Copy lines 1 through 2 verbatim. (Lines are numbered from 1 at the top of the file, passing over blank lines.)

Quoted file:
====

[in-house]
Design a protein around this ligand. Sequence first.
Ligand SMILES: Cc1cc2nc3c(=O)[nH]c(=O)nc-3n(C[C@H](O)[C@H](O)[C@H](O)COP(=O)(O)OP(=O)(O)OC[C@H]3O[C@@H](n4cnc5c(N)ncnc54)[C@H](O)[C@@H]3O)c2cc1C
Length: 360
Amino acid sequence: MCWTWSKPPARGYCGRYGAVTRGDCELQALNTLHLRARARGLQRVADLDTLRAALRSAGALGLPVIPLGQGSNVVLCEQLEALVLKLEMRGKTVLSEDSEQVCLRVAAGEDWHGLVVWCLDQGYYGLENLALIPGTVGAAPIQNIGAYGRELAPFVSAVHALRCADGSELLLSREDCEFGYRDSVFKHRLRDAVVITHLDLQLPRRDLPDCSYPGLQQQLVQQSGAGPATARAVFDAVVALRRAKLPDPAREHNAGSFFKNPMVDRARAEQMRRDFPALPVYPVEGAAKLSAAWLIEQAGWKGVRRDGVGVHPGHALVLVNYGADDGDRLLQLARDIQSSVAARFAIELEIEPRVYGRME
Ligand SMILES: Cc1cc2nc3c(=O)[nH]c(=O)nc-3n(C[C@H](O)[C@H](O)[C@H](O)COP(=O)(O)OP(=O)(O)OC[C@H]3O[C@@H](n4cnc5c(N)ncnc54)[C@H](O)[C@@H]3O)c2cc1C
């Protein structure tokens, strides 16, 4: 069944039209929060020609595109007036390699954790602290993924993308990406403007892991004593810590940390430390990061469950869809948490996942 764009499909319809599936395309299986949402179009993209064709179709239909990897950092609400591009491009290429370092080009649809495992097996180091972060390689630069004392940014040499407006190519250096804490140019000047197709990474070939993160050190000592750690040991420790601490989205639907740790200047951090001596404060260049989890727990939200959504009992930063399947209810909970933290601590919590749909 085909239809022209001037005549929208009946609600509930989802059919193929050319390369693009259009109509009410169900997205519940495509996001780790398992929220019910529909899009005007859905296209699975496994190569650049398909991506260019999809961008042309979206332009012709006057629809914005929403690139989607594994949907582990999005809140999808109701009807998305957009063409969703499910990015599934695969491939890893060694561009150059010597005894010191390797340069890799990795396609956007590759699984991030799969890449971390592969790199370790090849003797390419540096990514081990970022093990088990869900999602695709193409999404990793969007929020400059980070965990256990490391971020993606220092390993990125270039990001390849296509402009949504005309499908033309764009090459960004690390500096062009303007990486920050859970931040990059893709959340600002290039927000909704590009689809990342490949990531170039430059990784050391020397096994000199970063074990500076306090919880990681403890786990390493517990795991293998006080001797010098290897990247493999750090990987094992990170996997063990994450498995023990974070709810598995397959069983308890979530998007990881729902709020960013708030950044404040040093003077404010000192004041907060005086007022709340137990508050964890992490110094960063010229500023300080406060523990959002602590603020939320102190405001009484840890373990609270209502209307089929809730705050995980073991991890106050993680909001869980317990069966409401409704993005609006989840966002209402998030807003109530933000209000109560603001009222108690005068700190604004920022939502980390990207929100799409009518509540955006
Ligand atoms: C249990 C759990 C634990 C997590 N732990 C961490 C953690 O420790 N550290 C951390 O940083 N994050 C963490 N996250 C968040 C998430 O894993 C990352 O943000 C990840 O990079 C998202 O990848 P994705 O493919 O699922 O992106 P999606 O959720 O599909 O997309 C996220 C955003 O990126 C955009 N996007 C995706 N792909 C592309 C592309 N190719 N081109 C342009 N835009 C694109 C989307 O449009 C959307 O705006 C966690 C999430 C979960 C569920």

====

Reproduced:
[in-house]
Design a protein around this ligand. Sequence first.